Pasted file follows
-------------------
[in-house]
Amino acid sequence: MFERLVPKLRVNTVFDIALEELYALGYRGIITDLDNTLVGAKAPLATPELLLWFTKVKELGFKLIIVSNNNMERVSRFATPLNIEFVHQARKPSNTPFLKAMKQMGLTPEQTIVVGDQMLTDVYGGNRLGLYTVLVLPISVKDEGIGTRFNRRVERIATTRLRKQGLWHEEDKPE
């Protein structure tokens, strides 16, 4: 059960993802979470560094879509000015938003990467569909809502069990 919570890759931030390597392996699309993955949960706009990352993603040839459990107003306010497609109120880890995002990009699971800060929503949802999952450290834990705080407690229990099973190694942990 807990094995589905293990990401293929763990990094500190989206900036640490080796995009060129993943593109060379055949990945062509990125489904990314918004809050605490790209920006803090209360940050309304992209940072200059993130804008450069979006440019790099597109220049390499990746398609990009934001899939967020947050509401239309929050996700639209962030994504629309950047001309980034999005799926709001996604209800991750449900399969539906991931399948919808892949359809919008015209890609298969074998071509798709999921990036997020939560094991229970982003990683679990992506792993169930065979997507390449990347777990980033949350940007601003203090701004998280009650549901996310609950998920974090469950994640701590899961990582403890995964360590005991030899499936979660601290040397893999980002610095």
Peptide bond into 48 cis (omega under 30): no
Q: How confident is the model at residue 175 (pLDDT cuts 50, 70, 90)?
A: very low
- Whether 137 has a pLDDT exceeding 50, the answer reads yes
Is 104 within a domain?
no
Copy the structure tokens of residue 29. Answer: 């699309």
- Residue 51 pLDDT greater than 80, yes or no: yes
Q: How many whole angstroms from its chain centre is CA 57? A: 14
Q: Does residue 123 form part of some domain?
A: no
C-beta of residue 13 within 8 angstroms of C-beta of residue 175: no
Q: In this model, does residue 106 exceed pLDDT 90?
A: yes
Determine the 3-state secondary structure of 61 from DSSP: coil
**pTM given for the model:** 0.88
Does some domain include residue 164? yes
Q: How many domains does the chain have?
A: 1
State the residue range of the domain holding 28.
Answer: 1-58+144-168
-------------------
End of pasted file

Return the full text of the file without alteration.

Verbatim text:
[in-house]
Amino acid sequence: MFERLVPKLRVNTVFDIALEELYALGYRGIITDLDNTLVGAKAPLATPELLLWFTKVKELGFKLIIVSNNNMERVSRFATPLNIEFVHQARKPSNTPFLKAMKQMGLTPEQTIVVGDQMLTDVYGGNRLGLYTVLVLPISVKDEGIGTRFNRRVERIATTRLRKQGLWHEEDKPE
């Protein structure tokens, strides 16, 4: 059960993802979470560094879509000015938003990467569909809502069990 919570890759931030390597392996699309993955949960706009990352993603040839459990107003306010497609109120880890995002990009699971800060929503949802999952450290834990705080407690229990099973190694942990 807990094995589905293990990401293929763990990094500190989206900036640490080796995009060129993943593109060379055949990945062509990125489904990314918004809050605490790209920006803090209360940050309304992209940072200059993130804008450069979006440019790099597109220049390499990746398609990009934001899939967020947050509401239309929050996700639209962030994504629309950047001309980034999005799926709001996604209800991750449900399969539906991931399948919808892949359809919008015209890609298969074998071509798709999921990036997020939560094991229970982003990683679990992506792993169930065979997507390449990347777990980033949350940007601003203090701004998280009650549901996310609950998920974090469950994640701590899961990582403890995964360590005991030899499936979660601290040397893999980002610095």
Peptide bond into 48 cis (omega under 30): no
Q: How confident is the model at residue 175 (pLDDT cuts 50, 70, 90)?
A: very low
- Whether 137 has a pLDDT exceeding 50, the answer reads yes
Is 104 within a domain?
no
Copy the structure tokens of residue 29. Answer: 């699309």
- Residue 51 pLDDT greater than 80, yes or no: yes
Q: How many whole angstroms from its chain centre is CA 57? A: 14
Q: Does residue 123 form part of some domain?
A: no
C-beta of residue 13 within 8 angstroms of C-beta of residue 175: no
Q: In this model, does residue 106 exceed pLDDT 90?
A: yes
Determine the 3-state secondary structure of 61 from DSSP: coil
**pTM given for the model:** 0.88
Does some domain include residue 164? yes
Q: How many domains does the chain have?
A: 1
State the residue range of the domain holding 28.
Answer: 1-58+144-168